Brown’s death in particular is raising major ongoing protests precisely because, contrary to police accounts, witnesses claim that he had his hands up in the air in surrender when he was shot. The result is less trust in police, a situation that raises tensions across the board.

While there is no simple fix to race relations in any part of American life, there is an obvious way to reduce violent law enforcement confrontations while also building trust in cops: Police should be required to use wearable cameras and record their interactions with citizens. These cameras—various models are already on the market—are small and unobtrusive and include safeguards against subsequent manipulation of any recordings.

“Everyone behaves better when they’re on video,” Steve Ward, the president of Vievu, a company that makes wearable gear, told ReasonTV earlier this year. Given that many departments already employ dashboard cameras in police cruisers, this would be a shift in degree, not kind.

“Dash cams only capture about 5% of what a cop does. And I wanted to catch 100% of what a cop does,” explains Ward, who speaks from experience. He used to be a Seattle police officer and his company’s slogan is “Made for cops by cops. Prove the truth.”

According to a year-long study of the Rialto, Calif., police department, the use of “officer worn cameras reduced the rate of use-of-force incidents by 59 percent” and “utilization of the cameras led to an 87.5 percent reduction in complaints” by citizens against cops.

Such results are the reason that the ACLU is in favor of “police body-mounted cameras,” as long as various privacy protections and other concerns are addressed. And it also explains growing support for the policy among elected officials. In the wake of Eric Garner’s chokehold death in July, New York City’s public advocate is pushing a $5 million pilot program in the city’s “most crime-plagued neighborhoods” as a means of restoring trust in the police.

Since 1991, when the beating of Rodney King by the Los Angeles Police Department was captured on tape by an amateur videographer, small, cheap recording devices have become a ubiquitous and effective means by which citizens are able to watch the watchers. In some cases, crowd-sourced footage exonerates the police, while in others it undermines the official narrative.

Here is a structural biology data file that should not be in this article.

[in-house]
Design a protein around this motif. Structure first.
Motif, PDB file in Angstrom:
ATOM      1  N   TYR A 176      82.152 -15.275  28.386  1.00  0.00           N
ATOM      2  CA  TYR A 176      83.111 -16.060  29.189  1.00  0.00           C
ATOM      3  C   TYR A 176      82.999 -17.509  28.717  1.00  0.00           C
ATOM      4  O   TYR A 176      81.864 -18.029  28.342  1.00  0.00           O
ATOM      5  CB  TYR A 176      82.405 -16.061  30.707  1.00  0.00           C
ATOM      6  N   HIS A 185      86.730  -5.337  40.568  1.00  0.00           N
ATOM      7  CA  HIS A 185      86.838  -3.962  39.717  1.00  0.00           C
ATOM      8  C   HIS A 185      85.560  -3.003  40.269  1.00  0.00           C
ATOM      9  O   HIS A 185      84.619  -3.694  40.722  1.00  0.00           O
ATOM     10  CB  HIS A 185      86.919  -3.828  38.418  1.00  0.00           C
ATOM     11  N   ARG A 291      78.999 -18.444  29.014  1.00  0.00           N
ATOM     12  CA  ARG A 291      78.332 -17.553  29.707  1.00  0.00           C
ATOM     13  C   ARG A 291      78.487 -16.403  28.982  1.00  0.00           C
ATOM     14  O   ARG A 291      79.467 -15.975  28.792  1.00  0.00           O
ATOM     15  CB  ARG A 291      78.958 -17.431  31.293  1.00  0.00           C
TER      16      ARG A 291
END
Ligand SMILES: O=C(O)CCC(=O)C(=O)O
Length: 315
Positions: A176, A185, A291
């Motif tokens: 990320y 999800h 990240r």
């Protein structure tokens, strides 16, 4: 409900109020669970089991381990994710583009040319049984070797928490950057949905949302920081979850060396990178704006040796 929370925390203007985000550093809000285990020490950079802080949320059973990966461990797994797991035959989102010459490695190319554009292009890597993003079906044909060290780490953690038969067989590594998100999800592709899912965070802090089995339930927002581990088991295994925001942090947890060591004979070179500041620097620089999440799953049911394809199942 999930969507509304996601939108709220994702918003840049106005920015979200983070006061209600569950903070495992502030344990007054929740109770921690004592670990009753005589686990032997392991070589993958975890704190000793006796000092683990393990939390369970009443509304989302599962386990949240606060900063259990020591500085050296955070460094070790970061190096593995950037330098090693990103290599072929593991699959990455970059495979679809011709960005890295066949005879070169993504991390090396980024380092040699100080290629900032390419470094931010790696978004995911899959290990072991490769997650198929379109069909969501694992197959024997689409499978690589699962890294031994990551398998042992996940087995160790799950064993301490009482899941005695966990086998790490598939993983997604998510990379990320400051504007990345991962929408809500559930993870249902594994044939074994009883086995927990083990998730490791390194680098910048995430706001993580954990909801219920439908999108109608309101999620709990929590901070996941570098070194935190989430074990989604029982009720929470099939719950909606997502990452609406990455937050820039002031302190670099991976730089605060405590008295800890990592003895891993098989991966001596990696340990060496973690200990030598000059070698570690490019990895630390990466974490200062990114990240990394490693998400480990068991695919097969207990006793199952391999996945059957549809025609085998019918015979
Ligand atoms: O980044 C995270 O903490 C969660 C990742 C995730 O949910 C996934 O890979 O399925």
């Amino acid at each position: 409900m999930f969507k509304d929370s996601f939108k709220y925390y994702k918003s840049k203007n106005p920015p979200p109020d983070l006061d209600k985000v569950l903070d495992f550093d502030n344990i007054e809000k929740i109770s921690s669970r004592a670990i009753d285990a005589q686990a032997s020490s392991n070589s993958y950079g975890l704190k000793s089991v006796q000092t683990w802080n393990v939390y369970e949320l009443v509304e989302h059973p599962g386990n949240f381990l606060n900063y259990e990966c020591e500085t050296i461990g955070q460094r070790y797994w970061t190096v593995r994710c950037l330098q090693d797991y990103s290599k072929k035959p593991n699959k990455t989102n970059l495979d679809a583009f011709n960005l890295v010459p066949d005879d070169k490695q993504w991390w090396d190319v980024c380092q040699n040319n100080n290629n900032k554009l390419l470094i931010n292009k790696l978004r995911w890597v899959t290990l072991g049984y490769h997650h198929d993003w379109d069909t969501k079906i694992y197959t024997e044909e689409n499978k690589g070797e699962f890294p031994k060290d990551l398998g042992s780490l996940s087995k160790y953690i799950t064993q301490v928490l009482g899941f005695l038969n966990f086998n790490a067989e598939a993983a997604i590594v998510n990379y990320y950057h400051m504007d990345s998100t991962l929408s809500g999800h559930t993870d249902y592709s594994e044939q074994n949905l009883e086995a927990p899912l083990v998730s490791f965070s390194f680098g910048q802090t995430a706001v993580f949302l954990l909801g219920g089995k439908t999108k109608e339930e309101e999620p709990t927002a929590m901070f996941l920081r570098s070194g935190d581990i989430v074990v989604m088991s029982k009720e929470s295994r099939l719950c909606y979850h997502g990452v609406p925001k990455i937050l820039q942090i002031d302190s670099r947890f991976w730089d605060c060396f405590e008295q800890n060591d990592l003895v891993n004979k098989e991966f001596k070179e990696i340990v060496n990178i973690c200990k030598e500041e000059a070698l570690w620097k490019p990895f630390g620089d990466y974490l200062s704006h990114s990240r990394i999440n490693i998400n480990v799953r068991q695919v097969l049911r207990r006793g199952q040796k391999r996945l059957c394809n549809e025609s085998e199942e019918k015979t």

Over the same period, as the Washington Post’s Radley Balko has documented in Rise of the Warrior Cop, even small-town police departments have become “militarized” in terms of the training they received and the hardware they carry. When the results aren’t tragic, they increase tensions between police and the people they serve and protect.

Mandating that cops wear cameras wouldn’t prevent all tragedies from happening but they would certainly make deaths like those of Brown, Garner and Ferguson less likely. And in difficult cases, body cams would help provide crucial perspective that would build trust in law enforcement across the board.

TIME Crime

Lone Seattle Police Officer Responsible for 80% of City’s Marijuana Citations

Seattle Police Chief
Seattle police chief Kathleen O'Toole salutes during a singing of the national anthem with Mayor Ed Murray at her side on June 23, 2014 Ken Lambert—AP

Cop in question reportedly issued 66 of 83 marijuana tickets handed out in the Emerald City during the first half of 2014

Seattle police chief Kathleen O’Toole has been forced to reassign an officer on her staff after the employee in question reportedly issued 80% of the city’s marijuana citations this year.

Officials are investigating the matter following the publication of the department’s first biannual report relating to marijuana enforcement, according to a statement released by O’Toole on Wednesday afternoon.

The Seattle Police Department report found that 66 of the 83 marijuana tickets issued this year was done so by a single officer, who at times would scribble peculiar notes in the margins of the citations in question.

“Some notes requested the attention of city attorney Peter Holmes and were addressed to ‘Petey Holmes,’” said O’Toole. “In another instance, the officer indicated he flipped a coin when contemplating which subject to cite.”